Vertical curves are provided at the intersections of different grades to smooth on the vertical profile The
disadvantages of not providing vertical curves are:
(i) Accident due to inadequate visibility on a high and blind culvert over which roads profile has not
boon is properly designed as a vertical curve.
(ii) Discomfort and damage due to humps and trough, although these may not be a source of accidents
but they make traveling very uncomfortable
(iii) It is much cheaper and easier to construct good curves in the first instance than to set the right road
curves later on The minimum length of the vertical curve as per the IRC recommendations are given in Table
| Maximum grade
change (%) not
Requiring a Vertical curve
| Maximum Length of
the vertical curve in m
(for higher grade change)
The vertical curves are of two types;
(i) Summit curve (ii) Valley curve
A summit curve is a vertical curve with convexity upward or concavity downward. This occurs when an
ascending gradient intersects a descending gradient or when an ascending gradient meets another ascending
gradient or an ascending gradient meets a horizontal ar when descending gradient meat an another Summit
curve descending gradient as shown in Figure
Square parabola is the best shape for summit curve due to good riding qualities, Simplicity of calculation work and uniform rate of change of grade. An ideal shape for a summit curve is circular because the sight distance available throughout the curve is constant.
Generally, there is no problem of discomfort on the summit curve because gravity force acts download and a centrifugal force acts upwards, part of pressure in the tyre is released Length of summit curve depends only
on sight distance (SSD.ISD and OSD).
Deviation Angle of Summit Curve
The deviation angle of a curve is expressed by the algebraic difference of the grade angles. If n, and n, are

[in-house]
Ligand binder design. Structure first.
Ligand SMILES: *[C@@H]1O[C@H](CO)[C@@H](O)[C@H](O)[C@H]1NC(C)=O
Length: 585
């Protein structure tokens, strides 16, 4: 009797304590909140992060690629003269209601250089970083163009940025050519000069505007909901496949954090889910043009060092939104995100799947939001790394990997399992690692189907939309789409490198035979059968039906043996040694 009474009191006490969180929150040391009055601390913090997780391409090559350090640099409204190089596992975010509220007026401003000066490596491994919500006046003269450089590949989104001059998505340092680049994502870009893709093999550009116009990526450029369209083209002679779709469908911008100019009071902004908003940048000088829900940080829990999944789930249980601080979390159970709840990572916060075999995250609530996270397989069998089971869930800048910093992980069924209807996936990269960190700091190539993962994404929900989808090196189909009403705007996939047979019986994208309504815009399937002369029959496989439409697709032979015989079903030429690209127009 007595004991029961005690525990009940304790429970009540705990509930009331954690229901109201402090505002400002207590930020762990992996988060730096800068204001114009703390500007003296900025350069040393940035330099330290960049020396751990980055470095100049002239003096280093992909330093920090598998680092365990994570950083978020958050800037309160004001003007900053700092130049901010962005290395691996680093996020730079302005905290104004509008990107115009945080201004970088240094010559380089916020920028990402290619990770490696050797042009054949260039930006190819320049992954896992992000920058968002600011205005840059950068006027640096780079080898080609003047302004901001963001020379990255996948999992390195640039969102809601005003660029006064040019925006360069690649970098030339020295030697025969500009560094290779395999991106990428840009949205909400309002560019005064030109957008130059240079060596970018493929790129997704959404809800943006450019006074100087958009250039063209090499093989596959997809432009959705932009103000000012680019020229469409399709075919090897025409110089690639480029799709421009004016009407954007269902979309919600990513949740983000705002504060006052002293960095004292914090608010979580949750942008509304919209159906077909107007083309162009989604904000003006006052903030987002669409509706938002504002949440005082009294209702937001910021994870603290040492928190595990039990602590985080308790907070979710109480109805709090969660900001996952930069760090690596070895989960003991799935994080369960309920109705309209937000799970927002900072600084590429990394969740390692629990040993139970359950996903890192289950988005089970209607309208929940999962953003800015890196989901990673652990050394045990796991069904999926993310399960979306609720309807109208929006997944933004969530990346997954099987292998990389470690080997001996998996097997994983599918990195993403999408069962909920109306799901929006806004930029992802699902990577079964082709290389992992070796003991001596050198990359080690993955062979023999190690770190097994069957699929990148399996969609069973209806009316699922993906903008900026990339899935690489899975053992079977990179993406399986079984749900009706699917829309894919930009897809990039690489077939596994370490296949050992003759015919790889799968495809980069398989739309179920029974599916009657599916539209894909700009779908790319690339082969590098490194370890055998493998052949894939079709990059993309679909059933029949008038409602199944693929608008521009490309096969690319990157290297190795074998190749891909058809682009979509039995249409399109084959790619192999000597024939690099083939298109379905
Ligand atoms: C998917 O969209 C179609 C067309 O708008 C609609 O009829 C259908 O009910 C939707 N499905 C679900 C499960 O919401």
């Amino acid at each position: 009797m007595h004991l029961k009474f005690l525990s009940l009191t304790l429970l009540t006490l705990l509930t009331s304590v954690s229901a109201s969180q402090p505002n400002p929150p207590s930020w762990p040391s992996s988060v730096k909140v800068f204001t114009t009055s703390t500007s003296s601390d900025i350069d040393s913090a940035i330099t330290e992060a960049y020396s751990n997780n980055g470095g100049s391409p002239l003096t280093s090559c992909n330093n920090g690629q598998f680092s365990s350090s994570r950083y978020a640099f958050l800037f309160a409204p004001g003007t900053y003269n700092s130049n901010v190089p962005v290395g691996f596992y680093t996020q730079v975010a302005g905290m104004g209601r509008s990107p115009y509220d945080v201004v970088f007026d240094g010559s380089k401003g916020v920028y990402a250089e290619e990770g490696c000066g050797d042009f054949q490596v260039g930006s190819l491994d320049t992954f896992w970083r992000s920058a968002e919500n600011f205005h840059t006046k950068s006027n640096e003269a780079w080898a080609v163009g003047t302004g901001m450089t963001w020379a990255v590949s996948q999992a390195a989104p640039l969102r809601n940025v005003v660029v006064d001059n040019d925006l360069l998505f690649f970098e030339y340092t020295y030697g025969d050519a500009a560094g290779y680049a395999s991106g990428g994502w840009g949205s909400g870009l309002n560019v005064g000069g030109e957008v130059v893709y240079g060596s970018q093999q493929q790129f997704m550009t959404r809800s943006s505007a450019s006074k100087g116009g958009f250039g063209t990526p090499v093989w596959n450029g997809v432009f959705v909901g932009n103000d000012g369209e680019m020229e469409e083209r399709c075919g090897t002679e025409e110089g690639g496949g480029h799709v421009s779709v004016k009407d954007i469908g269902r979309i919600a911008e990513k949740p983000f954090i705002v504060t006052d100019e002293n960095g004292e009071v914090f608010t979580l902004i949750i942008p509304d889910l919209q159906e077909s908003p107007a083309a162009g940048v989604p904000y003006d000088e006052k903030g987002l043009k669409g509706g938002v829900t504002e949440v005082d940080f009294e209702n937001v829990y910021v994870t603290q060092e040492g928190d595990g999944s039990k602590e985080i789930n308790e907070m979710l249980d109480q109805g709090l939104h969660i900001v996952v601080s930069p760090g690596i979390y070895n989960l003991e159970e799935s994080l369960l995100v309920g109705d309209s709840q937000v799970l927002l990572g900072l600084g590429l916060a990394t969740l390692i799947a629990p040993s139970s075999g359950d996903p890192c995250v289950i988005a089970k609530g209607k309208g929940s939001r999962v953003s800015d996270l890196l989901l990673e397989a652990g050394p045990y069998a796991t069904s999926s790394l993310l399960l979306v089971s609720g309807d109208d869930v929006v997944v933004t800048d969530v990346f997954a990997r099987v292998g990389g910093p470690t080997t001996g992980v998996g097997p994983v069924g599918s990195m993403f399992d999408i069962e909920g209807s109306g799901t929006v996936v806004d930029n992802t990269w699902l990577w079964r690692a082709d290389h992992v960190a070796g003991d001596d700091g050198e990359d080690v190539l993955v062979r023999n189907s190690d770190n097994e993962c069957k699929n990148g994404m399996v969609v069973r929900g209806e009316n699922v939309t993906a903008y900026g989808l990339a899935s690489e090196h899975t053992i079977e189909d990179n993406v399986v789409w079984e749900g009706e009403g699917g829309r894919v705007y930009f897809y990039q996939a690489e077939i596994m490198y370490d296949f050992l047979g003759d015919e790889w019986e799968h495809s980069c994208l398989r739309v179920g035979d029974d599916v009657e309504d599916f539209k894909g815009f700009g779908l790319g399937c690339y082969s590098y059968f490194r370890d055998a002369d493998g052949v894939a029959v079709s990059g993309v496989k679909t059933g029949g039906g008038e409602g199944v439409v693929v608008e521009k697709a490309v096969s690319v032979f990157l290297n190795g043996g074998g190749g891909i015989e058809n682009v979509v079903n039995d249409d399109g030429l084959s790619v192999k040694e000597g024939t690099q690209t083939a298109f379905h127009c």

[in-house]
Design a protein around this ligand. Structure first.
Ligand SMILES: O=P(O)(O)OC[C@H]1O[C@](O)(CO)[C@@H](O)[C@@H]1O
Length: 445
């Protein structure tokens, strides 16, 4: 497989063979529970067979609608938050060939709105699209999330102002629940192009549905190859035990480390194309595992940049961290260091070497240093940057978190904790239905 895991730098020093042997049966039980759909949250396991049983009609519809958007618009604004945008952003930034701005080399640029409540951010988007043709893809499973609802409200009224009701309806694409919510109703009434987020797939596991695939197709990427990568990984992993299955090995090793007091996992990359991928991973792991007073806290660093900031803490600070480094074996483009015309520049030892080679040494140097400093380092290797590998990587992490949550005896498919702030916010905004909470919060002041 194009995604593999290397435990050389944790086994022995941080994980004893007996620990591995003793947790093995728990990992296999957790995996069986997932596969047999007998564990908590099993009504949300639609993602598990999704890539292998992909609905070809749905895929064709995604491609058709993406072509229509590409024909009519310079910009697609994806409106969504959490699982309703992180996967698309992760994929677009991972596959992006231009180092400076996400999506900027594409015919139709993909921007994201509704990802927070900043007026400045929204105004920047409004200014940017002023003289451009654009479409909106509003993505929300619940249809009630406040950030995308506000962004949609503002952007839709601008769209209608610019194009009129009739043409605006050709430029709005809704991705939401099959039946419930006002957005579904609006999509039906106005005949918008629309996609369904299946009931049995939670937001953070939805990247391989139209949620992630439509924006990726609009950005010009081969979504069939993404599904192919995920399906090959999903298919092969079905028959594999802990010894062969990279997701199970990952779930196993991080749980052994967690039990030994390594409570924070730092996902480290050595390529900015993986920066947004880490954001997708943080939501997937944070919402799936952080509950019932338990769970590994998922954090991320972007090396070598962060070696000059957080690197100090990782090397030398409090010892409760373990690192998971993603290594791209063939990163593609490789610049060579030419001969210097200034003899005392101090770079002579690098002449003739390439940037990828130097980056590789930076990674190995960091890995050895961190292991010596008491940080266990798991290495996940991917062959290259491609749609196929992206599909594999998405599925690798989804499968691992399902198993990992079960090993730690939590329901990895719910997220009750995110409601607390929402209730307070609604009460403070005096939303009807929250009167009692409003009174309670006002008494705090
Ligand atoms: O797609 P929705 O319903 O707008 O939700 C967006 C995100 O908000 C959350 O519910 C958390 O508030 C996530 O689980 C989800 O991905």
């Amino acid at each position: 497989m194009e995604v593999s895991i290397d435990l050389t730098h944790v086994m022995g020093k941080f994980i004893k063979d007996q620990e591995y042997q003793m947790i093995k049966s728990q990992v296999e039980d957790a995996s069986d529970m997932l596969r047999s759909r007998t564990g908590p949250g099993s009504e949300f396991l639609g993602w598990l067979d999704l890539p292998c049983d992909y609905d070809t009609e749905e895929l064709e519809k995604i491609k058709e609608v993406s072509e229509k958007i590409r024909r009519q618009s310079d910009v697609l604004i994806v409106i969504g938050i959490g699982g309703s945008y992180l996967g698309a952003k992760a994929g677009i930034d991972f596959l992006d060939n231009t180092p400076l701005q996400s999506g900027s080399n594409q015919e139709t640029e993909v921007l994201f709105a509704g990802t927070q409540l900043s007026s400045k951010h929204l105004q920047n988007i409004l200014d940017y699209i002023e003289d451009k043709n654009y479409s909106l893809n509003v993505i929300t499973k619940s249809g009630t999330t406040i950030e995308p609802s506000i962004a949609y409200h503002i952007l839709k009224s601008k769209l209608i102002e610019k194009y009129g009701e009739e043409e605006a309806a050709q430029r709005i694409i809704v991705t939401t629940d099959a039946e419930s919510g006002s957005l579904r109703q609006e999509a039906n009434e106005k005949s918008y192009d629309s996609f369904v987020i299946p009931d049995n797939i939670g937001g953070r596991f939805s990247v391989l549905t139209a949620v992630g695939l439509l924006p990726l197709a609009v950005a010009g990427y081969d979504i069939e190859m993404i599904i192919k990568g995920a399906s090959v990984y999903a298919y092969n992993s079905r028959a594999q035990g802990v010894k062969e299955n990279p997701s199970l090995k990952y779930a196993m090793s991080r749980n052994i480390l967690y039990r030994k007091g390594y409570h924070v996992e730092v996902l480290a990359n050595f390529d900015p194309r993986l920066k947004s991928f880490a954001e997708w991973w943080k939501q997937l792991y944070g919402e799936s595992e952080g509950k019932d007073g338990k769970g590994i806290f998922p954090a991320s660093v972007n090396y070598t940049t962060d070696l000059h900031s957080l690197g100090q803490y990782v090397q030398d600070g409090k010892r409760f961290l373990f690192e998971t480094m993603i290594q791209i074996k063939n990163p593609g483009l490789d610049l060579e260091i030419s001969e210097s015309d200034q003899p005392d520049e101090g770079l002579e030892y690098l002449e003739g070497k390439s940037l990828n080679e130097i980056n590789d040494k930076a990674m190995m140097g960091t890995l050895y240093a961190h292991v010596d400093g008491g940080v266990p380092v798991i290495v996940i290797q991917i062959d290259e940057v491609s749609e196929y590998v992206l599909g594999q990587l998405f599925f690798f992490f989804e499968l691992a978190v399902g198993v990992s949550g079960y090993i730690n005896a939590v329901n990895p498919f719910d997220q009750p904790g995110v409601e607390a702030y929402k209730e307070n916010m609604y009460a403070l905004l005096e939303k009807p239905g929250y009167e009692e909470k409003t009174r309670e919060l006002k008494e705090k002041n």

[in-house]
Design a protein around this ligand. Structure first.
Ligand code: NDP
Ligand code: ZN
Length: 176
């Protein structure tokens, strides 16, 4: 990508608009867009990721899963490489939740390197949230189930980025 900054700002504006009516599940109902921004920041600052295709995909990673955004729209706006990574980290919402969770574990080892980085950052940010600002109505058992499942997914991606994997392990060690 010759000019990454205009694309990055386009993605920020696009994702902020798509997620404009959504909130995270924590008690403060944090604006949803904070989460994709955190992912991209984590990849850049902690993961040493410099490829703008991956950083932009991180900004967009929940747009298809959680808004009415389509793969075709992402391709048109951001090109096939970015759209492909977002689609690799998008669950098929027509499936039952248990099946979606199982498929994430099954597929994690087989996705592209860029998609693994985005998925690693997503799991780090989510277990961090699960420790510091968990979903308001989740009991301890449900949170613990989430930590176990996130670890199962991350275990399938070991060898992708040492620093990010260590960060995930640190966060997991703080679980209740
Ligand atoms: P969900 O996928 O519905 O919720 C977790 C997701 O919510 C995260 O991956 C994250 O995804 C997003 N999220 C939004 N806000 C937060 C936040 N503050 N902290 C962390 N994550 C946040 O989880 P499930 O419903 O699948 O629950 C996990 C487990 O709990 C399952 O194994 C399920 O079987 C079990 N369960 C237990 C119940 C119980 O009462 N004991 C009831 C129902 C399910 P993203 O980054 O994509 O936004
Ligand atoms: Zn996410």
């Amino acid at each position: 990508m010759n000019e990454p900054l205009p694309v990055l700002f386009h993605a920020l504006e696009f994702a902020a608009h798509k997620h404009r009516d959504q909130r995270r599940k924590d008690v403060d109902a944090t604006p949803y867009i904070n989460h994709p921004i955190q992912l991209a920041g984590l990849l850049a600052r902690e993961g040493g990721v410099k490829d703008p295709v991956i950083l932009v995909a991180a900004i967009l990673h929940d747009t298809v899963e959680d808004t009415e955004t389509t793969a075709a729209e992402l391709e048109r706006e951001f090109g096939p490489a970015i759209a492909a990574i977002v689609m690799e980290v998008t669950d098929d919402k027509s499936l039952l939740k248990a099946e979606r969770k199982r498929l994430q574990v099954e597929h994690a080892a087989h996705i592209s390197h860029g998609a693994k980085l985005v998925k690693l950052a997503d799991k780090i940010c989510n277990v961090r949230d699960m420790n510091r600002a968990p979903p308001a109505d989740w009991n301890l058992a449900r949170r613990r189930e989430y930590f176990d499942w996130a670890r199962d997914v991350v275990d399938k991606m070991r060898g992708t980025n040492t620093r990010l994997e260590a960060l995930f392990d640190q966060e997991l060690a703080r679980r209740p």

the grade angles for the two curves, then assigning proper signs (ie, + for ascending and for descending), the
deviation angle N for Figure (a)
N = Angle EOT2 = (+n1)-(-n2) = n1+n2
Thus deviation angle of a summit curve is the angle that measures the change of direction in the path
of motion at the intersection of two grade lines.
Length of Summit Curve
The length of the summit curve depends only on sight distance i.e. SSD, ISD, and OSD. The length of a
summit curve is a function of
(i) the deviation angle, N (ii) the required sight distance
In determining the length of the summit curve, two cases have to be considered
Case-1: When the length of the curve exceeds the required sight distance i.e., L>S.
Case-2: When the length of the curve is less than the required sight distance, i.e., L<S.
The length of the summit curve is given as,
Valley Curve or Sag Curve
A valley curve is a vertical curve with concavity upward or convexity downward as shown in Figure
This is formed when a descending gradient intersects an ascending gradient when a descending gradient meets another descending gradient or when a descending gradient joins a horizontal path or when an ascending gradient meets another ascending gradient as shown in Figure
A valley curve is usually made up of two transition curves of equal length without having a circular curve in
between. Cubic parabola is generally preferred for valley curves to gradually introduce the centrifugal force. In
the valley curve, centrifugal force and gravity force both act downwards, hence creating discomfort for passengers.
Deviation Angle of Valley Curve
As in the case of summit curves, in this case, also deviation angle is the algebraic difference of the two grade angles
NOTE: There are no restrictions to sight distance at valley curve during daw time but at night only source of visibility is with the help of headlights in case of inadequate street lights.
Length of Valley Curve
Length of valley curve is designed on the basis of two criteria:
(i) Based on Comfort Condition: In this criteria, the rate of change of centrifugal acceleration is limited to a comfortable zone of about 0.6 m/sec, then the length of the transition curve is given by
If C= 0.6 m/s³ then Lv = 0.38 (Nv³)½
(ii) Based on Headlight Sight Distance:
Case-1: When the length of a valley curve is more than the head light sight distance. (L>HSD/SSD) Leth is the height of head light above the road surface and ‘S is the head light sight distance which should be at least equal to stopping sight distance.
if h=0.75 m and ∝ =1°
Case-2: When the length of the valley curve is less than the head light sight distance (L. <HSD/SSD)
In this case, the length of the valley curve is given by